After students learn about the LEGO Group’s formative years and brand identity, they examine a series of episodes in its recent history that illustrate the company’s continuing efforts to align and sometimes realign, its products and practices with its mission and values. For example, students examine the company’s ventures in open innovation, including LEGO Mindstorms, LEGO Architecture, and LEGO Friends, each of which involved soliciting input from various groups of outside stakeholders, whether adult fans of LEGO (AFOLs) or the young girls whose ideas would shape the LEGO Friends product line. The class also considers topics such as race, identity, and the evolution of the LEGO minifigure, as well as the LEGO Group’s evolving stance toward war, violence, and conflict in play, and its recent initiatives in corporate responsibility and sustainability.
The LEGO Course: Studio Design Classes
After a break for lunch, the class reconvenes in the afternoon for a hands-on studio design session. In the studio classes, students work on two major design projects in which they develop their own concept models that have to align with the company’s mission and values. The design projects provide students the opportunity to put into practice the ideas and perspectives they have studied in the morning seminar discussions. For their LEGO designs to succeed, they need to work not only technically or functionally, but also socially and ethically within the framework of principles and values that define the LEGO brand.
In the first design project, students interact with the LEGO Creator 3-in-1 product line. LEGO Creator 3-in-1 sets provide bricks and instructions to build three thematically related models that increase in detail and functionality. For example, the set “Mighty Dinosaurs” features models of a flying pterodactyl, a triceratops, and a tyrannosaurus rex.
For the LEGO Creator 3-in-1 project, students are tasked with developing a concept design for a fourth buildable model related to the first three that uses only the parts that come in the original set. The project cultivates creativity and problem-solving skills while working with the kinds of constraints engineers often operate under. In past semesters, students working with the “Mighty Dinosaurs” set have built fourth models of a stegosaurus and ankylosaurus, as well as aquatic dinosaurs such as a mosasaur and plesiosaurus.
As they progress on the project, students make entries in a notebook to document their design process and reflect on how their model aligns with the LEGO Group’s design philosophy and brand identity. By the end of the project, students have gained experience in embodying the LEGO Group’s values of imagination, creativity, fun, and learning in a model that demonstrates the creative potential of the LEGO brick system by extending the play experience of the original LEGO Creator 3-in-1 set.
For the second design project, students work with the LEGO Architecture product line, which was developed through an open innovation venture with professional architect Adam Reed Tucker(9). LEGO Architecture sets feature brick-built models of famous structures and city skylines from around the world that celebrate fantastic feats of human architectural and engineering design. For example, the LEGO Architecture Tokyo Skyline set features micro-scale models of the Tokyo Skytree, Tokyo Tower, and Chidorigafuchi Park, among others, with Mount Fuji rising in the background. LEGO Architecture sets are intended primarily for display, and many are sized to sit handsomely on a desktop or in a bookcase.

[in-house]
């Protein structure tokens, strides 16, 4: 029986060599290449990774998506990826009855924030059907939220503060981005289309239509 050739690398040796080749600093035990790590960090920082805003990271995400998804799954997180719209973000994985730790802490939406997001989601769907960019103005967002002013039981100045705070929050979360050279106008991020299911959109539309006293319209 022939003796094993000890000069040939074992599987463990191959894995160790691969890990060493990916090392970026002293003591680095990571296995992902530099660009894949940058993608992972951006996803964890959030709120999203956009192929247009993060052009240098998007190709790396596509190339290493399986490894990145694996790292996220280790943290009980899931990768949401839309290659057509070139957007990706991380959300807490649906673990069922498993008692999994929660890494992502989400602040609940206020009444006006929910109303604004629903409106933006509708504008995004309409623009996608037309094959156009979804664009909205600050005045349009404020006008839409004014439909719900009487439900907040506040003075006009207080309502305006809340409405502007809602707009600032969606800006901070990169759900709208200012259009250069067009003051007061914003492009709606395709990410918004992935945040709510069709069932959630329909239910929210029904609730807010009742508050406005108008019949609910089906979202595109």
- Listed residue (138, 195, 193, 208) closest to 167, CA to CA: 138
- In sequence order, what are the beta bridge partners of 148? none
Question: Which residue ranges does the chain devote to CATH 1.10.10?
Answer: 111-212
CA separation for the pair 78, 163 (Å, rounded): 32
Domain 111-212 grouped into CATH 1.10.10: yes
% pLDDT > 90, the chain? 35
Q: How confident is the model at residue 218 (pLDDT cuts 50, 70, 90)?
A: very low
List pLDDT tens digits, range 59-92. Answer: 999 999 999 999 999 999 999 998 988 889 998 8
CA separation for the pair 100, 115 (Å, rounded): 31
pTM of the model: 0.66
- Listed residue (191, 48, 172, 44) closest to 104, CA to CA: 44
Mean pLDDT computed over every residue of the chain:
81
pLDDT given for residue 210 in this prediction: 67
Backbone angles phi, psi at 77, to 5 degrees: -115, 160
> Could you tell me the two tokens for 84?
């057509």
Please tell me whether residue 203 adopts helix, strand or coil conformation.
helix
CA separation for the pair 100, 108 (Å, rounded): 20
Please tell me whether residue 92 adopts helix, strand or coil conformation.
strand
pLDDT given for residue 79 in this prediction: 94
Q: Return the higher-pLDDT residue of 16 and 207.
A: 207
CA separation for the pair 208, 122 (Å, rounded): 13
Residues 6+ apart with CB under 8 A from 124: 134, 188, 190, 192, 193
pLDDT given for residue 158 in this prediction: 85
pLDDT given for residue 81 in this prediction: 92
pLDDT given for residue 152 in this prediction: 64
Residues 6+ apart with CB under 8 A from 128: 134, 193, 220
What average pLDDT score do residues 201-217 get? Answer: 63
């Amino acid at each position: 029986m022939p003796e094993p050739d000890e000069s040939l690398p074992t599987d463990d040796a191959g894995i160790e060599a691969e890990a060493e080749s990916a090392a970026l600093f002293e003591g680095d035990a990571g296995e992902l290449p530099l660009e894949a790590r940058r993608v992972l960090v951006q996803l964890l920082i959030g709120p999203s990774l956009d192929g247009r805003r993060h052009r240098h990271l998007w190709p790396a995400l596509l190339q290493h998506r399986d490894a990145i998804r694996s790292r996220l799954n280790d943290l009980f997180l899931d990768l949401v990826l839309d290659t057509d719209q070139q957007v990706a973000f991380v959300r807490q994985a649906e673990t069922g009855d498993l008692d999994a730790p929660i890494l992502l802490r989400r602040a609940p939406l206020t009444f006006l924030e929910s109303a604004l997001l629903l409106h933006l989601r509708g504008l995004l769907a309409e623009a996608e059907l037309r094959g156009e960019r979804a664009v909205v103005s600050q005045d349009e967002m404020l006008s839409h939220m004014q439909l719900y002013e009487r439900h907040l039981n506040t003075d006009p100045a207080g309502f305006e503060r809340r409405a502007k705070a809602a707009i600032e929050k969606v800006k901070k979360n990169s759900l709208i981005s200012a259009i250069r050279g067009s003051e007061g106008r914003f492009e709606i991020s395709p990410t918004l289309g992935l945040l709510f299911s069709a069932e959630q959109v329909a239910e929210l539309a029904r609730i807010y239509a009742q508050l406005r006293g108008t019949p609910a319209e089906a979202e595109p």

The LEGO Architecture project intersects with the LEGO Group’s open innovation initiatives as well as its emphasis on the values of sustainability. Students are asked to imagine that the LEGO Group is soliciting concept designs for LEGO Architecture models that feature World Heritage Sites. The goal of these models is to foster appreciation and support for sites of profound natural and cultural value that are worth preserving for future generations.
Students begin by researching World Heritage Sites and developing a preliminary concept to pitch to a design team of their peers. After hearing the various pitches, the team selects one concept to develop together in the days ahead using a LEGO digital design platform called Bricklink Studio 2.0. Student models have ranged from famous cityscapes such as Rome, Italy and Rio de Janeiro, Brazil to sites of natural wonder such as the Great Barrier Reef off the coast of Australia and Vatnajökull National Park in Iceland.
To describe their concept models, students draft a conceptual design proposal, which is a professional document engineers write in response to a request for proposal (RFP) from a prospective client. The project culminates in a formal presentation of the concept model to the class and a discussion of the challenges the team had to overcome in representing the World Heritage Site with LEGO bricks.
By the end of the class, students have gained practical hands-on experience in the design process and have acquired resources for considering how to embody values of social responsibility in specific design choices and product architecture. Although LEGO bricks are not the medium that most students are likely to use professionally, as aspiring engineers, they are the “builders of tomorrow.” The technologies they develop over the course of a career will shape the practices of global societies for a generation or more. It’s my hope that the LEGO Course offers students resources to use their technical expertise, coupled with creativity and moral imagination, to build a better tomorrow for us all.